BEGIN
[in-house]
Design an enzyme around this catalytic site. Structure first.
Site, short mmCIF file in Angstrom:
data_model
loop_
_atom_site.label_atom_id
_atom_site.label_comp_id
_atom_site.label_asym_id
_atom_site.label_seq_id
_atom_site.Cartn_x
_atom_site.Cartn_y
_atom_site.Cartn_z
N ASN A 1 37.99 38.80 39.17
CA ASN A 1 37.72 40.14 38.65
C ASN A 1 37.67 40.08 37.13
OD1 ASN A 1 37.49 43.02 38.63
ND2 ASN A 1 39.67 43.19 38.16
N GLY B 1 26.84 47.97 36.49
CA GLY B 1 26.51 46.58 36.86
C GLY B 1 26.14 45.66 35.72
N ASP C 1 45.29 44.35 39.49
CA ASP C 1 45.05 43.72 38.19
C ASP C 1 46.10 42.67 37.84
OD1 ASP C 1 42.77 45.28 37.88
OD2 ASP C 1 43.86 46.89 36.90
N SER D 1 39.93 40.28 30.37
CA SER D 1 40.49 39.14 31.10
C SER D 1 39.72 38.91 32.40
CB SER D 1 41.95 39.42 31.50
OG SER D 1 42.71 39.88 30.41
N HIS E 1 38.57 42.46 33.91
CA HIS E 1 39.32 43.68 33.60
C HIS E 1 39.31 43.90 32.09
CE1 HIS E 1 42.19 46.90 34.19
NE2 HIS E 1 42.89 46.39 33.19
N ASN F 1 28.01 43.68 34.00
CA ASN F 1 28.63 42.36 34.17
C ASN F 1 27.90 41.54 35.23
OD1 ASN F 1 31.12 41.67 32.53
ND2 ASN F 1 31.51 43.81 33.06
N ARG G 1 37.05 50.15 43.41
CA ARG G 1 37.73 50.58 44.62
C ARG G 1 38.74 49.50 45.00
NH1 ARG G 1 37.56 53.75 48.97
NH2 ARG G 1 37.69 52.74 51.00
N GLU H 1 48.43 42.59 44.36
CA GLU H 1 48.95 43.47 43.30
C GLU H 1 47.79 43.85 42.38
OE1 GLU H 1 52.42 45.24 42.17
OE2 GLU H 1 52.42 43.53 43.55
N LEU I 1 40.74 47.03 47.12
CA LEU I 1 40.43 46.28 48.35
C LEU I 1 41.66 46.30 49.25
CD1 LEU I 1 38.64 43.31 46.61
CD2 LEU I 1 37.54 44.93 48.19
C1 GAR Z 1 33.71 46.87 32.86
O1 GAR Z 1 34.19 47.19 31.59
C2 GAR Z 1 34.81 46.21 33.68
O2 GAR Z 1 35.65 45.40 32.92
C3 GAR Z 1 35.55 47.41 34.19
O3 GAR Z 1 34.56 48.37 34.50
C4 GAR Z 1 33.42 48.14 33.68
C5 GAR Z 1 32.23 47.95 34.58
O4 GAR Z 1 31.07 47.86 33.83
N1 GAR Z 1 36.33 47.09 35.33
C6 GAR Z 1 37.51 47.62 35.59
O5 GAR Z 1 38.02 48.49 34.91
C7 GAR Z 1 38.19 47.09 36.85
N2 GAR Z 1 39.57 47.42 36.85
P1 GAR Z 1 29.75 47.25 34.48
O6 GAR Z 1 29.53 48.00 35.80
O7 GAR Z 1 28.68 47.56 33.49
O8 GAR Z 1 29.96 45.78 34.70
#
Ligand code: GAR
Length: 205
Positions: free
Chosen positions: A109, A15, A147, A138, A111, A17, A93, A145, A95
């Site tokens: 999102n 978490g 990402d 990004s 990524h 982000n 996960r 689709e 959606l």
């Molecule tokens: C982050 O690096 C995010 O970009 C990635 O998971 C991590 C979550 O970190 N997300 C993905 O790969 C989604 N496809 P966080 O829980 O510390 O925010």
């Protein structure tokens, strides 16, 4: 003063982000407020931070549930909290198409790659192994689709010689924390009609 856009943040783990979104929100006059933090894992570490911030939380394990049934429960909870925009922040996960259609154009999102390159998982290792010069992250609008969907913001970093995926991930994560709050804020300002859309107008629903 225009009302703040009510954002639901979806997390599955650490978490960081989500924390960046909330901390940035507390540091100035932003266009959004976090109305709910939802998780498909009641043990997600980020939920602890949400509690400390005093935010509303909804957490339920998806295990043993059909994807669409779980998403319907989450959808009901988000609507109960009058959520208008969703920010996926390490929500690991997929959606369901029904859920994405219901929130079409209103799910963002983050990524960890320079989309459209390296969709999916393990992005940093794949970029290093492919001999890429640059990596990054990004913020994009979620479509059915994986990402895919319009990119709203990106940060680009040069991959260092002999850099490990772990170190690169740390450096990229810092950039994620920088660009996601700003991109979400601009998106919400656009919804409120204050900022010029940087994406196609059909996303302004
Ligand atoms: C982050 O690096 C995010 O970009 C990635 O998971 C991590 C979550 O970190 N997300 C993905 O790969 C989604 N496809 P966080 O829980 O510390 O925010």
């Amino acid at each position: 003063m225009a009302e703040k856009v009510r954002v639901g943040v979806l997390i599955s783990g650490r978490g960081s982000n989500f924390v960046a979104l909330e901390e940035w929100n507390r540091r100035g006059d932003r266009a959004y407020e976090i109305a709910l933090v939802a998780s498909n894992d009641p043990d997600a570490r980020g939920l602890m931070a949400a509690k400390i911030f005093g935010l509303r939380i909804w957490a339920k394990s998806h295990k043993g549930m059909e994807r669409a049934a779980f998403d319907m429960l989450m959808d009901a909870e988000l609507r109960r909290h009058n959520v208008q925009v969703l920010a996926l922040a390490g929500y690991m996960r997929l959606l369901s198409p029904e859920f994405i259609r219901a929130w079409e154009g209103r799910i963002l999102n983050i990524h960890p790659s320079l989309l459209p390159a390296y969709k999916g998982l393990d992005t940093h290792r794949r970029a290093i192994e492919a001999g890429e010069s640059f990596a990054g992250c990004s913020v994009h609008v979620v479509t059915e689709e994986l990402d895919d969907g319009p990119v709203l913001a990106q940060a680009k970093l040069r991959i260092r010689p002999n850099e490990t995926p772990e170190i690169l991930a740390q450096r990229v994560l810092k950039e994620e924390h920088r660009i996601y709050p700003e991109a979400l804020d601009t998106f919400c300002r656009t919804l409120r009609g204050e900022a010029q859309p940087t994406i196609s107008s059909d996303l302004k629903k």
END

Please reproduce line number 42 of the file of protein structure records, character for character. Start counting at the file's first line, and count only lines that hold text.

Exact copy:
CA ARG G 1 37.73 50.58 44.62